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4 Tips to Mastering Studying at Home

By Jody Bell Juggling homework, classes, internships, and college-preparations all while working remotely in an increasingly stressful and isolated world. This is the unfortunate reality of students in 2020.  Most students are in this predicament ‒ 93% of households are reporting at least one child engaged in distance learning. Aside from the dwindled quality of […]

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By Jody Bell

Juggling homework, classes, internships, and college-preparations all while working remotely in an increasingly stressful and isolated world. This is the unfortunate reality of students in 2020. 

Most students are in this predicament ‒ 93% of households are reporting at least one child engaged in distance learning. Aside from the dwindled quality of education and eye strain, the result of this switch has been a major disruption to our daily schedules. 

Schooling ‒ either K-12 or college level ‒ traditionally follows a strict schedule that blocks certain times for certain activities. This is crucial as it gives our brain time to “reset” from activity to activity, along with a designated time and place to focus on schooling. This, combined with restricted access to socialization, means we’re experiencing a disappearing line between work and play. School work is done in the same place as relaxation, and there is no real definite “end” to our school day. Now, as online classes and homework blend together, it just seems as though there is a constant stream of work that needs to be done. 

Jennifer Openshaw, CEO of Girls With Impact, sat down with model, self-care activist, and CEO, Danika Brysha. Brysha has devoted her life to adopting and sharing self-care tips, and has some great advice on how we can leverage aspects of self-care to be productive while at home. Here’s what she had to say!

1. Start with a Schedule

The pandemic has uprooted our daily routines  ‒ now it’s our responsibility to create and adhere to some sort of new schedule.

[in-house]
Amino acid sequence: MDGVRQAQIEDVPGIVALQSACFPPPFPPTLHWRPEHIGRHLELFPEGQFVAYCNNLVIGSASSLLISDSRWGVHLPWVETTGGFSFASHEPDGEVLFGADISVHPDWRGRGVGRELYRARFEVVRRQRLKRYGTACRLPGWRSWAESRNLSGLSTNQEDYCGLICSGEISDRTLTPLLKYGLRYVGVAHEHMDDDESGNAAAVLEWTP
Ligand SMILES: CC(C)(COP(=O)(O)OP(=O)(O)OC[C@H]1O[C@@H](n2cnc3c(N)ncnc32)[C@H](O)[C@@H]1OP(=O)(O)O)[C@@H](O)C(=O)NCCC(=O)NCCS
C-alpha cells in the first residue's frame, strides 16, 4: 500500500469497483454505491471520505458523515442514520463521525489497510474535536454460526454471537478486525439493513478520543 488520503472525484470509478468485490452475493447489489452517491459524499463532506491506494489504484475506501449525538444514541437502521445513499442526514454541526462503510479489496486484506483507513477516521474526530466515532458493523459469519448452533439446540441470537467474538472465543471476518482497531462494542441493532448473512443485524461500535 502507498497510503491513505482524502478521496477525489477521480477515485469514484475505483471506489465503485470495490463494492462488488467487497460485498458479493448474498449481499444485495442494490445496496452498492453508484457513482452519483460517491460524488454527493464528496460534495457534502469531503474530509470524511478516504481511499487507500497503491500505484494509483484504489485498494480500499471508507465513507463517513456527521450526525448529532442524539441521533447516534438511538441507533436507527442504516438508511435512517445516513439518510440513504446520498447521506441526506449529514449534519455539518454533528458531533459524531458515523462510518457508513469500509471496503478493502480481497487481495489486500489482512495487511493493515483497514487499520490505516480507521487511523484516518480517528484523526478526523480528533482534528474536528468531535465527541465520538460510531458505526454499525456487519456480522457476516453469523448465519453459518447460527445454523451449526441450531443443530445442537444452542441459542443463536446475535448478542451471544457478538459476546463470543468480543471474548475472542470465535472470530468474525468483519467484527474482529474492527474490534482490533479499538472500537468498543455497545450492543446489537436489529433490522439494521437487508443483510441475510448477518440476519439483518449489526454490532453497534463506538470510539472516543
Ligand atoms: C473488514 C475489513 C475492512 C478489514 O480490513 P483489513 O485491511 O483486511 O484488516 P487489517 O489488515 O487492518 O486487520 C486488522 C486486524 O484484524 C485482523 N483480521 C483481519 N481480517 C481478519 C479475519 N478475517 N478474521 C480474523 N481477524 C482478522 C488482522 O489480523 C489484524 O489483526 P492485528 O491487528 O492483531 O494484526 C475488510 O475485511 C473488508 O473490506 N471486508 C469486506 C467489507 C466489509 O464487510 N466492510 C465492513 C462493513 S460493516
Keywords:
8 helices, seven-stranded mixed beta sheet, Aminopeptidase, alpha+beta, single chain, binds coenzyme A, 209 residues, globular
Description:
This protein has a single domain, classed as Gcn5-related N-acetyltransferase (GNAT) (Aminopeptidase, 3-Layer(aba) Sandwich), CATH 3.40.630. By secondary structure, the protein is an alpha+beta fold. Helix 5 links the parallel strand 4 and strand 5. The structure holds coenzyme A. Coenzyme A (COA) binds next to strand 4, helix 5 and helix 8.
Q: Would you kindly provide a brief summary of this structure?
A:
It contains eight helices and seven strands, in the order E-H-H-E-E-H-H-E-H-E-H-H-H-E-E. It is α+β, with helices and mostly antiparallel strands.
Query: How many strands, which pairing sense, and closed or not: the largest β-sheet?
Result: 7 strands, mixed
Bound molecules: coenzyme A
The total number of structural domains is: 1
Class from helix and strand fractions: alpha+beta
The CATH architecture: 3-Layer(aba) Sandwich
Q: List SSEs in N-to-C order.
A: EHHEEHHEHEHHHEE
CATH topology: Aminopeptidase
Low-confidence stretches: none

Traditionally we have a set time each day that we focus on a particular subject in school, practicing some skill or sport, and socialization. Now that this isn’t built into our day we have to intentionally make time for these activities ‒ not only to ensure we aren’t ignoring them, but to give ourselves a necessary routine. 

2. Force Yourself to Change Your Surroundings

Spending hours locked away doing your school work, chatting with friends, and relaxing in the same room? Turns out that could be detrimental to your mental health. 

Similar to a lack of routine, being in the same room doesn’t allow our brain that “reset” time from activity to activity. This means it can be really difficult to switch from relaxation to schoolwork if you do both activities in the same room.

It can be easy to stay in the same spot all day, so it’s crucial you make time to purposely change up your surroundings. Either build it into your schedule, or force yourself to do an everyday task in a new environment. For example, when you’re eating lunch, try to sit outside, or see if a family member could eat lunch with you in a room you don’t normally spend time in. 

3. Breakdown Your Work

We all know the feeling ‒ staring at your work overwhelmed so the aimless scrolling through social media begins.

If you have a major project you need to focus on, it can be even more overwhelming when you’re sitting at home, easily distracted and able to procrastinate. The key to this is breaking down your work into manageable steps. Completing these small steps will provide you with the small wins you need to stay motivated. Plus, it’s easier to remind yourself to take breaks, get water, and change your surroundings when your work is broken down. 

4. Honor What Feels Good

Suddenly craving a homemade cupcake? Make one! 

Truthfully, making this cupcake might actually help you get your work done.  Feeling unsatisfied, and wanting to go and spend time elsewhere will leave you working at partial capacity while your mind is divided. Taking 15-30 minutes to rearrange your schedule and impulsively honor a craving could end up boosting your productivity in the long-run.  So next time you have the urge to impulsively bake, do it!

Check out the complete interview for even more self-care tips for GenZ:

Jody Bell, 19, is Girls With Impact’s Chief Editor and a program graduate. Girls With Impact is the nation’s only online, after-school, entrepreneurship program for teen girls, turning them into tomorrow’s business leaders and innovators.

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